One of the best quick shifts in thinking I’ve found in these situations is to take a view of gratitude instead of entitlement. As we are forced to let go of the blessings and advantages we have had so far in life, rather than feeling hard-done-by, try feeling grateful. You may notice an immediate shift to a positive view. Perhaps our steady jobs, professional status, conveniences of modern living, luxuries of travel and education are not given to us for life but are the blessings we have enjoyed for a brief time only. As a leader and for yourself, turning your attention daily to the things you are grateful for is a welcome balm.
6) Discover what your heart desires
During the most intense times of change, leaders need to focus their time and energy on the immediate work and to get sufficient rest and relaxation to stay resilient. But before long there will be personal choices to make. What role do you want to play in your newly reformed organization? Is there even a place for you? When these questions come up, which they eventually will, I strongly recommend not following blindly where the organization would have you go, or even where your path thus far might predict for you, but instead take a closer look at what you most deeply want.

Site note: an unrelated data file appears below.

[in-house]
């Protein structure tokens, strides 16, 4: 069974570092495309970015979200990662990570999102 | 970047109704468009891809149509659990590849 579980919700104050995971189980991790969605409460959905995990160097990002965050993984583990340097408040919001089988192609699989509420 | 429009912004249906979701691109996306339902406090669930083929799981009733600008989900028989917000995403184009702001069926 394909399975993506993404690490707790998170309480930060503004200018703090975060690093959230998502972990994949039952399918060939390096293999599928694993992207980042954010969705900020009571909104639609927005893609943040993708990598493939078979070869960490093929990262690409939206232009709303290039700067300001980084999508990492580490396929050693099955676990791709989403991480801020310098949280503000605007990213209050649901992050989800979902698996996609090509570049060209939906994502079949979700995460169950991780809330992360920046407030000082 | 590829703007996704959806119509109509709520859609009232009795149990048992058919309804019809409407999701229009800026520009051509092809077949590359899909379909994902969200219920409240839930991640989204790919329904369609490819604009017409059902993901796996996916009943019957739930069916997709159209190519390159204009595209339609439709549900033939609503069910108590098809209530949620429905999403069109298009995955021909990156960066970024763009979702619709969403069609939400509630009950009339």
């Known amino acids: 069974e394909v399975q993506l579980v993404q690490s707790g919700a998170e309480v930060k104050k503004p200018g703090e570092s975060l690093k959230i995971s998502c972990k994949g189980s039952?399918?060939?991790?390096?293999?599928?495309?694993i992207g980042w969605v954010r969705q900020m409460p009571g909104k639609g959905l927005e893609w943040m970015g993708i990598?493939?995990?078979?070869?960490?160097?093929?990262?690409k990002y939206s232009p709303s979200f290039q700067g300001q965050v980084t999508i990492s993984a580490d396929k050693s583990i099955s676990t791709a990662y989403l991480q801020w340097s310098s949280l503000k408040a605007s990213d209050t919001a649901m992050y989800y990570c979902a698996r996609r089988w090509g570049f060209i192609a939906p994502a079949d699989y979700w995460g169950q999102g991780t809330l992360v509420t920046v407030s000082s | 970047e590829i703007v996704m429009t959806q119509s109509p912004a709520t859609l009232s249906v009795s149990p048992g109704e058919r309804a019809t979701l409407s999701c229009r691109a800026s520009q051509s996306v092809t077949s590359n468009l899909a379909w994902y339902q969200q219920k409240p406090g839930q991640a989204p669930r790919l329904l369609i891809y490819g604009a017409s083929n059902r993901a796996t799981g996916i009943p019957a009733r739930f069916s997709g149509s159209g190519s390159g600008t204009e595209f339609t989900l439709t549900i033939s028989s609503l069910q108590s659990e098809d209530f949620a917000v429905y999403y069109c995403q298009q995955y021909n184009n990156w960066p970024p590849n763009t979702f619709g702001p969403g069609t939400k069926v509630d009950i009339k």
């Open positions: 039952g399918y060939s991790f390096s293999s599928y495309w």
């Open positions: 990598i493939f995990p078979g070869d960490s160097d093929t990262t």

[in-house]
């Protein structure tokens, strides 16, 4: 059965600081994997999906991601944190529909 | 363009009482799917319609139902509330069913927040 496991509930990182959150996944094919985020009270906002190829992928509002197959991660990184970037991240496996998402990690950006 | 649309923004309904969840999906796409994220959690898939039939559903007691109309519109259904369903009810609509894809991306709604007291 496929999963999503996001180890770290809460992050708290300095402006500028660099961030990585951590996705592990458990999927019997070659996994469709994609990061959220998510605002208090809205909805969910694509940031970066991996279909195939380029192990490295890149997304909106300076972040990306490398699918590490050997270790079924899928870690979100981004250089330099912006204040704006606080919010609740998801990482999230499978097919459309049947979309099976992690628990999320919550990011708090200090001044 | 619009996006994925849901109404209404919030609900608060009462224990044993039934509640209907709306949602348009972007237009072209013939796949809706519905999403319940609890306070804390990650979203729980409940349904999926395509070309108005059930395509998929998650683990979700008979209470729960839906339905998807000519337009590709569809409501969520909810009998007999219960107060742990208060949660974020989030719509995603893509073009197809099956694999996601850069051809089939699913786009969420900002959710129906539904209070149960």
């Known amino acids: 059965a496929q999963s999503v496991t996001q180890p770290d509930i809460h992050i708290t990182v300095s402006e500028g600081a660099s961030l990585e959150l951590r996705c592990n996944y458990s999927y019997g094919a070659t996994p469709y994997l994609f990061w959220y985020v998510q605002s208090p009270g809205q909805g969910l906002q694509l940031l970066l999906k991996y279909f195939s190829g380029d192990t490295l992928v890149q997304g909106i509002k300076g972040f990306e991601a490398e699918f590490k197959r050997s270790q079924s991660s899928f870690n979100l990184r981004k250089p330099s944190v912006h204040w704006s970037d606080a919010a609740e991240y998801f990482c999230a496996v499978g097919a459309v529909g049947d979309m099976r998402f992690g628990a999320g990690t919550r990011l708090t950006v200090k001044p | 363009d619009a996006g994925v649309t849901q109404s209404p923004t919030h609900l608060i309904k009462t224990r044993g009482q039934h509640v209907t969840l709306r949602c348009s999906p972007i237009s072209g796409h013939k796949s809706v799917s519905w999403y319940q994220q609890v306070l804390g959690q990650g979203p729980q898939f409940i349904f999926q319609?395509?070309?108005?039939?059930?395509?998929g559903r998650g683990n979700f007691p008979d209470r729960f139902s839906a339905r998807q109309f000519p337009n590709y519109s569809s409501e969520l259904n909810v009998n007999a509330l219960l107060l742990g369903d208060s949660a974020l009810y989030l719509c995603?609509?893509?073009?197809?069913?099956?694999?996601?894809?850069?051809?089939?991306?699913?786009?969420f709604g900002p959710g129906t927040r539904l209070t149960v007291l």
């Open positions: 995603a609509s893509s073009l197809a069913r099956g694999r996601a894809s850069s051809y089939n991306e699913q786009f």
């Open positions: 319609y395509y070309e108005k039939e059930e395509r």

The changes happening in the world now give us the opportunity to shift towards a better way of doing things, not just a reformation of the same old thing. And real change comes from individual choices. In the midst of this change, we must find a way to step back into ourselves to make absolutely sure we are doing what is most important to us, in this one life.